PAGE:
Spring break (or as a classmate calls it, spring reading days) is here, and the weather has been kind enough to match itself to the occasion. Gorgeous so far, and even approaching the warm side of comfortable.
While I have some serious things to accomplish over the break, there is hopefully room for some activity more for pleasure than work. I can use the internet to procure some spring training baseball for myself, and even though it doesn't have the you-are-there quality of being, well, there, it does offer some small harbinger of hope. I actually opened a book to read for pleasure. I think the last time I did that was...actually, I can't remember the last time I did that. Frivolous Facebook postings and mucking about with fantasy baseball teams may get four or five minutes, as opposed to one or two or three.
I am even allowing myself a second reversion to musicologist behavior this weekend, taking myself down to Charlotte to hover on the fringes of the annual meeting of the Society for American Music. I shall have to remember, though, that my newfound freedom to express, shall we say, certain unpopular opinions on this composer or that musical style are probably best held in check for the duration of the meeting or my time there. Still, I hope to have fun and to catch up with some people I haven't seen in a year or more, knowing that the next time I see them may be far longer from now than that.
I can't necessarily say I'm any closer to resolution on how my musicological self will co-exist with my ministerial self. I can see intersections between the two, certainly. I continue to be curious about Samuel Barber and some of his works which exhibit something like a theological side or hint of one. How to explore that, and to what benefit other than my own pleasure, is less clear. Barber, wonderful and powerful as much of his music is, is not exactly a chart-topper these days. If I wanted to cross the musical and theological streams (yes, I just dropped a Ghostbusters-based metaphor) on the subject of, say, U2 or some similar band, I could get published more places than I can count. And I'd be bored out of my skull.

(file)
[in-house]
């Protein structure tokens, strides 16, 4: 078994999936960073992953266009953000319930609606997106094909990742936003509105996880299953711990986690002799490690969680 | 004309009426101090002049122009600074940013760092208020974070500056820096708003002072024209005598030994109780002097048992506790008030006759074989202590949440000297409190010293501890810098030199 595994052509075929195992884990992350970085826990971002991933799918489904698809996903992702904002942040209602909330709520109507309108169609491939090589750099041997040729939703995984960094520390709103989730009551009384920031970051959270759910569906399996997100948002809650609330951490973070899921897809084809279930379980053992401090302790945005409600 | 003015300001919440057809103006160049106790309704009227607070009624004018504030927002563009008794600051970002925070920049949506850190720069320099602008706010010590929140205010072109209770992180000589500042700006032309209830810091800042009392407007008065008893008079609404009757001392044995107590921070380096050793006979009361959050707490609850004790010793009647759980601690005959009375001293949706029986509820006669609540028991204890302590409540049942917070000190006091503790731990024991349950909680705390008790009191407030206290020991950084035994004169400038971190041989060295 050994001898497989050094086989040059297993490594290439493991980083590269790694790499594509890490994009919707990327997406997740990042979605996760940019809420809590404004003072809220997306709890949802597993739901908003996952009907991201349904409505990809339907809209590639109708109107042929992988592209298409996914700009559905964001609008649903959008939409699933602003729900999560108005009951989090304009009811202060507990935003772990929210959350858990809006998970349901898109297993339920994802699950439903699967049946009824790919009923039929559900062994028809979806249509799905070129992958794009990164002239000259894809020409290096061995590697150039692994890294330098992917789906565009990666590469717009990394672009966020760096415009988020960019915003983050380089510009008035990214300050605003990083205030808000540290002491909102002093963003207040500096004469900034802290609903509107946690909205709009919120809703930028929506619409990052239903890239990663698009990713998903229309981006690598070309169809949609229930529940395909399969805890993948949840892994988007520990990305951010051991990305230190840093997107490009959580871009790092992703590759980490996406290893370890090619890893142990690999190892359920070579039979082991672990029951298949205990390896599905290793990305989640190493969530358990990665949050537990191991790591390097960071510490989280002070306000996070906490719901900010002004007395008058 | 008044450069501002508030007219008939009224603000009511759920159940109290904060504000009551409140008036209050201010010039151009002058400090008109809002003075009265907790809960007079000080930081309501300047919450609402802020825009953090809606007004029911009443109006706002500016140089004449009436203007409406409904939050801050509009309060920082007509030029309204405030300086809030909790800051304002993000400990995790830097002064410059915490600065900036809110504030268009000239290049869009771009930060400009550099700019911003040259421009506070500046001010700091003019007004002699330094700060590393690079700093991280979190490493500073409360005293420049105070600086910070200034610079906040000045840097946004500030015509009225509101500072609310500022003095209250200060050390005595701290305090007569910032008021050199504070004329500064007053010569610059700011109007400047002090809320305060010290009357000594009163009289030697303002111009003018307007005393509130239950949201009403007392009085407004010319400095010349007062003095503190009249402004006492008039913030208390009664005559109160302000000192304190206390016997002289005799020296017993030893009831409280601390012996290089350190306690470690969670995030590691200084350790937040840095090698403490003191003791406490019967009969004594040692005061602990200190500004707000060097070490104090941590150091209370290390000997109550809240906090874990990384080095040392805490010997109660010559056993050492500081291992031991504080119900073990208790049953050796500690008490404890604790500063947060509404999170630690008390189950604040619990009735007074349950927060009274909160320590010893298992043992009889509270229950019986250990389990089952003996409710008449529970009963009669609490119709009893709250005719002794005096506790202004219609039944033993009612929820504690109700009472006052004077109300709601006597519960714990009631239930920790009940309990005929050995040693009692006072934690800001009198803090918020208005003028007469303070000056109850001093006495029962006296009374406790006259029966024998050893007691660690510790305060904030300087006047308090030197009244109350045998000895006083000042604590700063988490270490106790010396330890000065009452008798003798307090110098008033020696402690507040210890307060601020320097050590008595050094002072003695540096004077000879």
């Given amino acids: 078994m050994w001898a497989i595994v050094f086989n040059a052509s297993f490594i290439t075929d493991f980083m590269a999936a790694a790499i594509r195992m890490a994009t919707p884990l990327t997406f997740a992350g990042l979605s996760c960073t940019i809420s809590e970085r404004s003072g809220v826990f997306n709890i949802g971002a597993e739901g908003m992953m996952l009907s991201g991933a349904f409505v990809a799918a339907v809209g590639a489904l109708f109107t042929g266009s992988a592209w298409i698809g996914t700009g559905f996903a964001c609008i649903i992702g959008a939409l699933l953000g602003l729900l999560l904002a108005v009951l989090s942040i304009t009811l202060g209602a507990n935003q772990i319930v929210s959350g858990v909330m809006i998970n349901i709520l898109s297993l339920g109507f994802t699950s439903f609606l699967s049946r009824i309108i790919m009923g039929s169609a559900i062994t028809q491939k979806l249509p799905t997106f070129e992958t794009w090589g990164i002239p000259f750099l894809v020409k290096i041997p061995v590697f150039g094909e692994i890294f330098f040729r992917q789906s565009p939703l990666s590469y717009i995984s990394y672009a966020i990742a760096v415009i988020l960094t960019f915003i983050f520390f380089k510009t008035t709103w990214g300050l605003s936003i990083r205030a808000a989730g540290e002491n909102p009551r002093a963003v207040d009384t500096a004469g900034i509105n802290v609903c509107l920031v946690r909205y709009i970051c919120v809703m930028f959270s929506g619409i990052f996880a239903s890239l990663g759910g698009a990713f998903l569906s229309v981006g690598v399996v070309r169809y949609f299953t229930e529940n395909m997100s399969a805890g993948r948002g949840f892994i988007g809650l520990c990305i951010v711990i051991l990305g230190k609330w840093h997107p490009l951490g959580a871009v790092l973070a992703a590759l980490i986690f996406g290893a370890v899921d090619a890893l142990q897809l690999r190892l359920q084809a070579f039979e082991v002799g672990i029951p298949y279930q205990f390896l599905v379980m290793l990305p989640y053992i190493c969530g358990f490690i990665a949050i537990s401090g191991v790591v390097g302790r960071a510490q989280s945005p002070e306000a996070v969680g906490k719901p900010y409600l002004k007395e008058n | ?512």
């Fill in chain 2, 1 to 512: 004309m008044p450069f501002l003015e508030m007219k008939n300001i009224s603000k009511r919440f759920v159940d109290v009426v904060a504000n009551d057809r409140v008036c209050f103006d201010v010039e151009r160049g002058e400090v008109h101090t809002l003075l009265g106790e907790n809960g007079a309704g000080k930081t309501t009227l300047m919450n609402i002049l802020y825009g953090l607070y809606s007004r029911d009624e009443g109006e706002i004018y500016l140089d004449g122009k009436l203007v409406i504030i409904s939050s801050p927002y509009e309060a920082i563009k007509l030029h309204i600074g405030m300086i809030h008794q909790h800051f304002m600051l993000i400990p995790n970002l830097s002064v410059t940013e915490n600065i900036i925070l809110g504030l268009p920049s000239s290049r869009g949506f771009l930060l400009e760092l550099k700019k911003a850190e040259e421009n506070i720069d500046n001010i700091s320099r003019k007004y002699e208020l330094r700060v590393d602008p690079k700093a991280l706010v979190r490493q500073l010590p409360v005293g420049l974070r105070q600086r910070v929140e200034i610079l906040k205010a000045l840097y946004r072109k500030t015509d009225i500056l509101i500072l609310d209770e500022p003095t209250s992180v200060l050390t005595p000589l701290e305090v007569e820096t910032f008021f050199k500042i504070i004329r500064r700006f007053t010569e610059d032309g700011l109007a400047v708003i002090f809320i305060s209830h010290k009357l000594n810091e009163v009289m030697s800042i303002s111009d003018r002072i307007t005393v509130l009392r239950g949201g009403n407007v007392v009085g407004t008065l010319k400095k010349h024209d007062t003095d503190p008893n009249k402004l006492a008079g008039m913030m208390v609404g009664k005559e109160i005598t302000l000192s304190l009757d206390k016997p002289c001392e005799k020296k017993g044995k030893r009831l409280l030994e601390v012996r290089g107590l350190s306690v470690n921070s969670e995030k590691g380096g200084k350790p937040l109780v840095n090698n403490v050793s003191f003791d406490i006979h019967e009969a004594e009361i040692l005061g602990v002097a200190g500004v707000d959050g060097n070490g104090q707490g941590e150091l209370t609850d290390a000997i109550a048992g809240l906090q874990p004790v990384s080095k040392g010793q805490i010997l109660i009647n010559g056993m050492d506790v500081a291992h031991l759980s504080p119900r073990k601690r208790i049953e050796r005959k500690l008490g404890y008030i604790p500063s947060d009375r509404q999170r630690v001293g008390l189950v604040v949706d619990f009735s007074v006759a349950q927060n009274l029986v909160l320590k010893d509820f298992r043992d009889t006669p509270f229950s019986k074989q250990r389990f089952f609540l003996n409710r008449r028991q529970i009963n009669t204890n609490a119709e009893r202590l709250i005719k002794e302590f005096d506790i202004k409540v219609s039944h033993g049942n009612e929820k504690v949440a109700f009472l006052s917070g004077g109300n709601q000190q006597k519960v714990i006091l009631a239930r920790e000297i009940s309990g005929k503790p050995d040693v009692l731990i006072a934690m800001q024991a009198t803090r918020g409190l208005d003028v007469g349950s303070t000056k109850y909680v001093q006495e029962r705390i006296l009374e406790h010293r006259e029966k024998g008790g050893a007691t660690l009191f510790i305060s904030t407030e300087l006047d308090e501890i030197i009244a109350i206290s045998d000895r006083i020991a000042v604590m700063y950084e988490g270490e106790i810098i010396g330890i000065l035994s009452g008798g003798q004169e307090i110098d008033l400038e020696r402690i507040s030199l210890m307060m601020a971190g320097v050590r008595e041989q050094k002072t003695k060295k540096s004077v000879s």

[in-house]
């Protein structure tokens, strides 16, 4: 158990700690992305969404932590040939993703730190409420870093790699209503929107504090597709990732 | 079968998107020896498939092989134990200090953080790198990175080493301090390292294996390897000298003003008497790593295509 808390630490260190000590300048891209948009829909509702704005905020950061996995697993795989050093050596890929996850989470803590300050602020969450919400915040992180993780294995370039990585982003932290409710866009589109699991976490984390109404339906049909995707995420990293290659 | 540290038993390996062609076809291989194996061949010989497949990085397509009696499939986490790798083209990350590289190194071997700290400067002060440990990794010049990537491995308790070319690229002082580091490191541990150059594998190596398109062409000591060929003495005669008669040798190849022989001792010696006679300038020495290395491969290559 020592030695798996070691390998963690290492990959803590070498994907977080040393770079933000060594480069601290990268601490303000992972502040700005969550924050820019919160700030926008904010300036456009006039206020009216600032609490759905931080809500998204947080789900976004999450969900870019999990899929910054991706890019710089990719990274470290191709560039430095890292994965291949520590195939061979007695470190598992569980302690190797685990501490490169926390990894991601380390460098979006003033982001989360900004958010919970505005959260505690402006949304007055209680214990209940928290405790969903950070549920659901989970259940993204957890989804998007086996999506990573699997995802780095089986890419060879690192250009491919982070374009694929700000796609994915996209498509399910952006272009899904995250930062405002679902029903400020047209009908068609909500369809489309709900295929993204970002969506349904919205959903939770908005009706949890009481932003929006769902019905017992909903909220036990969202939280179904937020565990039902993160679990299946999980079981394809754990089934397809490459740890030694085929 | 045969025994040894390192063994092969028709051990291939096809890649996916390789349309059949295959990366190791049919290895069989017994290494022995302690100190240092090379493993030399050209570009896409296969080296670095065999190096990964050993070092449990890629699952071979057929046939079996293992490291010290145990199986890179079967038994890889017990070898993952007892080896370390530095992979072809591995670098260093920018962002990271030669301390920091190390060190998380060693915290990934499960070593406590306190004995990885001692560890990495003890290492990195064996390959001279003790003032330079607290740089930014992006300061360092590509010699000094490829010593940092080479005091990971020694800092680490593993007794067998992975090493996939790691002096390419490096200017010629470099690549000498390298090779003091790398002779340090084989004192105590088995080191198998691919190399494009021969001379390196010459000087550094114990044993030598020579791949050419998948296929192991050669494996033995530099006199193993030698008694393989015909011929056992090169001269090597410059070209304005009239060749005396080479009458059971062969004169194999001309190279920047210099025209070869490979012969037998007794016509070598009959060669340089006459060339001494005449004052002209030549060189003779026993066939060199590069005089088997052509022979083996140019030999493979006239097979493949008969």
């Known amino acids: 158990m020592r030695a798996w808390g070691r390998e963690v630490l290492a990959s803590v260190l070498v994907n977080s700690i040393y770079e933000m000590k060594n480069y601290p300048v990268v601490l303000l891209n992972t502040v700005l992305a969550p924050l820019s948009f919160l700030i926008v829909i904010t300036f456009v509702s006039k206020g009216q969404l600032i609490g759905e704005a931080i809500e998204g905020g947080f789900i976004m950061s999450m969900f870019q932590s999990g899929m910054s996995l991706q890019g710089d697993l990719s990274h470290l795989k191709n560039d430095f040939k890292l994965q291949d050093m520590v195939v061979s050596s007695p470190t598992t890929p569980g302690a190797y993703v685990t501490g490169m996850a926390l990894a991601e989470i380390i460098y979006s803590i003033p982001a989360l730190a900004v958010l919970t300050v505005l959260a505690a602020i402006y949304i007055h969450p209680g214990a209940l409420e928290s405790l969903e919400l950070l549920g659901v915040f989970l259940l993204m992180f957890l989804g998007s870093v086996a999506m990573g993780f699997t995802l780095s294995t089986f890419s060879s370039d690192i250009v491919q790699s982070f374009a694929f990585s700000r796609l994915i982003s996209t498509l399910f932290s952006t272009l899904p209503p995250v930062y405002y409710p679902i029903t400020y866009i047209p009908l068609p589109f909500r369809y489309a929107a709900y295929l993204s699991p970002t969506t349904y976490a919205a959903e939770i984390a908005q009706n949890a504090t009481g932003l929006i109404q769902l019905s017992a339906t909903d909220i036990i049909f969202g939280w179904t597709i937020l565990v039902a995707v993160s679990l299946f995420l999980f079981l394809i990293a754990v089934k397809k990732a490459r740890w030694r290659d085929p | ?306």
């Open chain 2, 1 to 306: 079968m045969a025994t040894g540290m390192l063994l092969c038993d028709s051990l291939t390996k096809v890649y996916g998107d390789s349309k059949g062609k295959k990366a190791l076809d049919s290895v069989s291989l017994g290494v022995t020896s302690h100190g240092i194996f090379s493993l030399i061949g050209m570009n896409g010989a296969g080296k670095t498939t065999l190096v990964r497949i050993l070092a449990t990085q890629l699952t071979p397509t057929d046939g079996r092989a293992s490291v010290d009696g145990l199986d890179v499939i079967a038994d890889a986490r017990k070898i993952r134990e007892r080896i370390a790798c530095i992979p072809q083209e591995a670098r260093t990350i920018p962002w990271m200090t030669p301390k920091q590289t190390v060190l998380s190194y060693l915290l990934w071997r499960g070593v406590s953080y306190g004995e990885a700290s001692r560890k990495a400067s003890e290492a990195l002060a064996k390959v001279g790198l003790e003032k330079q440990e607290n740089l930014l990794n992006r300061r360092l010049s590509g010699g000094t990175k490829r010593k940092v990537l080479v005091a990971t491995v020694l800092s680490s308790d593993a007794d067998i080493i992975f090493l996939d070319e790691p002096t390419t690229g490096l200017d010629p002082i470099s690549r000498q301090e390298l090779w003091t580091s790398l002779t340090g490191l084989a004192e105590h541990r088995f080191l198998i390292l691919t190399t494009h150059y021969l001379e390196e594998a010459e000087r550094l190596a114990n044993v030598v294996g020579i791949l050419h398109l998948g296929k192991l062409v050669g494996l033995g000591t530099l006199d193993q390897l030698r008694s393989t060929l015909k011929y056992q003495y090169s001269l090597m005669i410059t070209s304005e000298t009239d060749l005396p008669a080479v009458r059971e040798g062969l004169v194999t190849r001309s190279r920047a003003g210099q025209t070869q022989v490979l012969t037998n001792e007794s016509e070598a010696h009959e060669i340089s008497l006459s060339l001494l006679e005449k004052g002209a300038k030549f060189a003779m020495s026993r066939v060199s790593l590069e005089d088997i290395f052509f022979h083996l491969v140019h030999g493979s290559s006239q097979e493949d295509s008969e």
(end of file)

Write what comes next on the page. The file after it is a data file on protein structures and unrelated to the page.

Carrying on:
I like U2 fine. Their music never particularly provoked a musicological itch I needed to scratch, and there's no indication they will provoke that kind of theological itch. Plenty of other people have addressed both sides of U2 and I'm quite content to let them and their passion speak. Whether there's anybody out there who particularly cares about how Barber heightened and even "theologically" interpreted the inherent paradox in Kierkegaard's writing in Prayers of Kierkegaard I don't know, but I tend to doubt. So in short, where that "crossing the streams" will happen in my life is not yet clear. It may well be a simple matter of a part-time pastorate paired with some kind of adjunct teaching, which is o.k. if that's where the fool's errand leads.
In the meantime, here's to seeking financial aid, taking a little trip, and finding some moments for silliness, whether it be reading The Two Georges for the tenth time; managing to leave early enough on Friday to have just enough time to detour to a Biscuitville between here and Charlotte; finding all the green I have to wear between now and Saturday (which is, of course, St. Patrick's Day, which cannot be ignored by a native Dubliner even if the Dublin in question is in Georgia and not Ireland); catching some March Madness, of course (and being confused about whether to invest more hope in Kansas or FSU); or who knows what, but some level of frivolity is required before classes foist themselves upon me Monday.
Let the quest for silliness continue!